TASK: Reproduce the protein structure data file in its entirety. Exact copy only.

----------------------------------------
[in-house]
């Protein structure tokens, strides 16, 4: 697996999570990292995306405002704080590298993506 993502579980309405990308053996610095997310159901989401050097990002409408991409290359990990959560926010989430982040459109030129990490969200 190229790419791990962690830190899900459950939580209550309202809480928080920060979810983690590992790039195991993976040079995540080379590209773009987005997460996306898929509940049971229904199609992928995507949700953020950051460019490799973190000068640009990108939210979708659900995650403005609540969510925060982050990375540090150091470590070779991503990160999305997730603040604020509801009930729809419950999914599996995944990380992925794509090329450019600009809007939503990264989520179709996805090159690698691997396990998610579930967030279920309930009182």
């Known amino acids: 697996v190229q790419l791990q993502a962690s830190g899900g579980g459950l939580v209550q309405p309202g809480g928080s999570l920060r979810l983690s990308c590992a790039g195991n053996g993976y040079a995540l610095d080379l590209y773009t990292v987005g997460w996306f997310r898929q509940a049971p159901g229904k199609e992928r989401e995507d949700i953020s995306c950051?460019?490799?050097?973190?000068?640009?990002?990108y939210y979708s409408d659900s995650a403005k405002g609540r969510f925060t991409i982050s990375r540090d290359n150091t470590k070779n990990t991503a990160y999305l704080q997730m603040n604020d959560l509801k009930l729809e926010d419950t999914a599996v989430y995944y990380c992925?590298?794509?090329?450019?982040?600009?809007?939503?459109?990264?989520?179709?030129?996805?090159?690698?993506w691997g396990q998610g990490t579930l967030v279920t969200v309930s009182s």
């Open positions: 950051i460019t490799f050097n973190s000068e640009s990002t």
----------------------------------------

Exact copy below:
[in-house]
């Protein structure tokens, strides 16, 4: 697996999570990292995306405002704080590298993506 993502579980309405990308053996610095997310159901989401050097990002409408991409290359990990959560926010989430982040459109030129990490969200 190229790419791990962690830190899900459950939580209550309202809480928080920060979810983690590992790039195991993976040079995540080379590209773009987005997460996306898929509940049971229904199609992928995507949700953020950051460019490799973190000068640009990108939210979708659900995650403005609540969510925060982050990375540090150091470590070779991503990160999305997730603040604020509801009930729809419950999914599996995944990380992925794509090329450019600009809007939503990264989520179709996805090159690698691997396990998610579930967030279920309930009182």
């Known amino acids: 697996v190229q790419l791990q993502a962690s830190g899900g579980g459950l939580v209550q309405p309202g809480g928080s999570l920060r979810l983690s990308c590992a790039g195991n053996g993976y040079a995540l610095d080379l590209y773009t990292v987005g997460w996306f997310r898929q509940a049971p159901g229904k199609e992928r989401e995507d949700i953020s995306c950051?460019?490799?050097?973190?000068?640009?990002?990108y939210y979708s409408d659900s995650a403005k405002g609540r969510f925060t991409i982050s990375r540090d290359n150091t470590k070779n990990t991503a990160y999305l704080q997730m603040n604020d959560l509801k009930l729809e926010d419950t999914a599996v989430y995944y990380c992925?590298?794509?090329?450019?982040?600009?809007?939503?459109?990264?989520?179709?030129?996805?090159?690698?993506w691997g396990q998610g990490t579930l967030v279920t969200v309930s009182s």
């Open positions: 950051i460019t490799f050097n973190s000068e640009s990002t």